Archive for the ‘internet’ Category

Google Reader to be put out to pasture

March 13, 2013 @ 6:51 pm | Filed under: Bloggity, internet

Can you see this post? I’m hearing that some folks can’t get my site to load. Has been a problem all day; we’re looking into it. I’m bumping the Ballet Shoes post yet another day until I’m sure the problem (whatever it is) has been resolved.

Meanwhile, noooooo! Google informs us Reader’s days are numbered. Those of us who rely on a good RSS aggregator to make the web manageable are crushed—there’s no better feed reader than Google Reader.

Some alternatives, none of them quite perfect (but I’m confident someone will rise to fill the void):

Feedly—this is probably what I’ll wind up using. Not quite as streamlined as Reader, but it offers many options for customizing the look and function. In “Full Articles” mode, it’s a decent Reader substitute:

Feedly screenshot

 

(I subscribe to way more book blogs than are visible in that list. I think it only shows the top twelve.)

If you click on the gear icon, you can toggle to different layouts: mosaic, list, magazine-style, etc.

You can export your subscriptions at Google Reader and import them to Feedly, or simply connect Feedly to your Reader account, which is what I did. For now Feedly runs off Reader’s API but it is going to “seamlessly transition” to another source before Reader bites the dust in July.

A Feedly plus is that it has mobile apps as well, with syncing between your desktop, iOS, and Android devices. And if you connect it to your gReader account, it’ll sync with that, too, as long as gReader lasts.

You can share posts from Feedly directly to Facebook, Twitter, G+, Delicious, and other platforms. Diigo isn’t one of the preset share options and I really hope you can add it manually—haven’t figured out how yet but it’s early days—because Diigo is how I share links in my sidebar here. I suppose I could switch back to Delicious if I have to.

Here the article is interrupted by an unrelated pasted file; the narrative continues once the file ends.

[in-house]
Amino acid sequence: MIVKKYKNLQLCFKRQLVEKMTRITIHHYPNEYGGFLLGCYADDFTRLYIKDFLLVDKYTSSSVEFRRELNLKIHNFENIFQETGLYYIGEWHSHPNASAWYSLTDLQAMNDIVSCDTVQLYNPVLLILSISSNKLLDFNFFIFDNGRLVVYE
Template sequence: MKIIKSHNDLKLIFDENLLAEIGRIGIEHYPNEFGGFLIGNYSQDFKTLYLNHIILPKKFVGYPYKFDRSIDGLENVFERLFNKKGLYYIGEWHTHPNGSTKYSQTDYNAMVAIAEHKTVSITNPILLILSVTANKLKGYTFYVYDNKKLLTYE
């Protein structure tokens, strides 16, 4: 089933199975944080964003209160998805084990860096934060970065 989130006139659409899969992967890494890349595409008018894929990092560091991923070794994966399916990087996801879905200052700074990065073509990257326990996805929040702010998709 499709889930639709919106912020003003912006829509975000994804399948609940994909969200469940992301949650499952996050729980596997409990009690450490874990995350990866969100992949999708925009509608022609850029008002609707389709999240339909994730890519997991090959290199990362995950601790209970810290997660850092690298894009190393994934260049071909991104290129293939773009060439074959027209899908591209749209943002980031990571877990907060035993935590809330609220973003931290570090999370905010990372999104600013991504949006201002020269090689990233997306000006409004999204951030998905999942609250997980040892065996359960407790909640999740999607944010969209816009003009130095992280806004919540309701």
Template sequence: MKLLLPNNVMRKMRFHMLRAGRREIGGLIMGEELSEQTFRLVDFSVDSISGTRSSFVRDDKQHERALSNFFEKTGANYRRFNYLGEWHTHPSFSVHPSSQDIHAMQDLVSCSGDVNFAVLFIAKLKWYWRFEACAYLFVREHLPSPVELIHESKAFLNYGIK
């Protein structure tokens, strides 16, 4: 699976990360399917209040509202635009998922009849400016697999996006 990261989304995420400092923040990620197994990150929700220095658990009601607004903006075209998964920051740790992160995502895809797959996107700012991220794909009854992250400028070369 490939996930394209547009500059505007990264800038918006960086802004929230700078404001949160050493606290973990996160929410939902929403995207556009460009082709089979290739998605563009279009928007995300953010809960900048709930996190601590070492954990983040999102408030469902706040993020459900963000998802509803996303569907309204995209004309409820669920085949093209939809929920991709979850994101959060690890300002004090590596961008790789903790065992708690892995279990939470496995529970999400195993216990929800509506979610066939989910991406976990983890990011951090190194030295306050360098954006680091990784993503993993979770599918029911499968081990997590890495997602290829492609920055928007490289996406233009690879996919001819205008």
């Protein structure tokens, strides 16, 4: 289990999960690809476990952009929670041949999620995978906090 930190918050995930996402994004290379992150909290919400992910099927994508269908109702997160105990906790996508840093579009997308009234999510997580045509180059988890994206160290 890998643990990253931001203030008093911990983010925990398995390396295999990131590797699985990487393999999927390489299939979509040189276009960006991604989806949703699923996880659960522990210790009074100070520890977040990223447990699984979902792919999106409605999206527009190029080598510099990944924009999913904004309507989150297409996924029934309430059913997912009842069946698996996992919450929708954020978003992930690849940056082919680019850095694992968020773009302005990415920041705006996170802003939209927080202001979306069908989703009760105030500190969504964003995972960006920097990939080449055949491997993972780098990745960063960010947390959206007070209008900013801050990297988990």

Here’s Feedly in “magazine” view:

feedlyscreenshot

 

Other options: Bloglines (what I used before Google Reader came along). NewsBlur (after a certain number of subscriptions, there’s a fee). NetNewsWire for Mac. The Old Reader. Pulp (a paid app for Mac). Flipboard for iOS devices (no good for me, as I need a desktop interface).

What’s your poison?

Related post: Sending Web Content to a Kindle for Reading Later

Sending Web Content to a Kindle (or Kindle App) for Reading Later

February 28, 2013 @ 5:35 pm | Filed under: internet, iPad, Kindle, Social Media

Following up on yesterday’s post—some good questions came up in the comments. I’ll tackle this one first: “How does the Send to Kindle app work?

Send to Kindle

I mentioned how much I rely on Send to Kindle to read long-form posts and articles later, away from my computer. This is an official Amazon app but there are third-party equivalents, too. (See Send to Reader, below. Instapaper is another.)

How it works: I installed Send to Kindle in my browser. (There are Chrome and Firefox versions, PC and Mac desktop versions, and even an Android app.)

toolbar4

In Chrome, the Send to Kindle icon appears at the top right of my browser—see the orange K?

When I’m reading a post online and I want to send it to my Kindle, all I have to do is click the icon.

If I want, I can choose to send the article to the Kindle app on an iPhone, iPad, or Android device instead. Click the icon to access the settings button. This is handy if I want to send a particular article to Scott’s device instead of mine. (You may have up to six devices connected to your Kindle account at any one time.) (more…)

Sorry, kids, I’ll be needing your college funds (and a whole lot more)

June 21, 2011 @ 8:02 am | Filed under: internet, Links

So I can get dot-awesome before someone else snaps it up under the new ICANN regulations:

Right now, there are a limited number — 22, to be precise — of what’s called “generic top-level domains.” The most familiar ones are “com,” “org,” “info,” “edu” and “net.”

Under the new rule, people will be able to apply to ICANN to register most any word, in any language, as their domain ending.

(snip)

ICANN will be charging at least $185,000 per domain application (more in the case of buyers who want one all to themselves). So it seems pretty clear that this will largely be for corporations, and maybe some governments.

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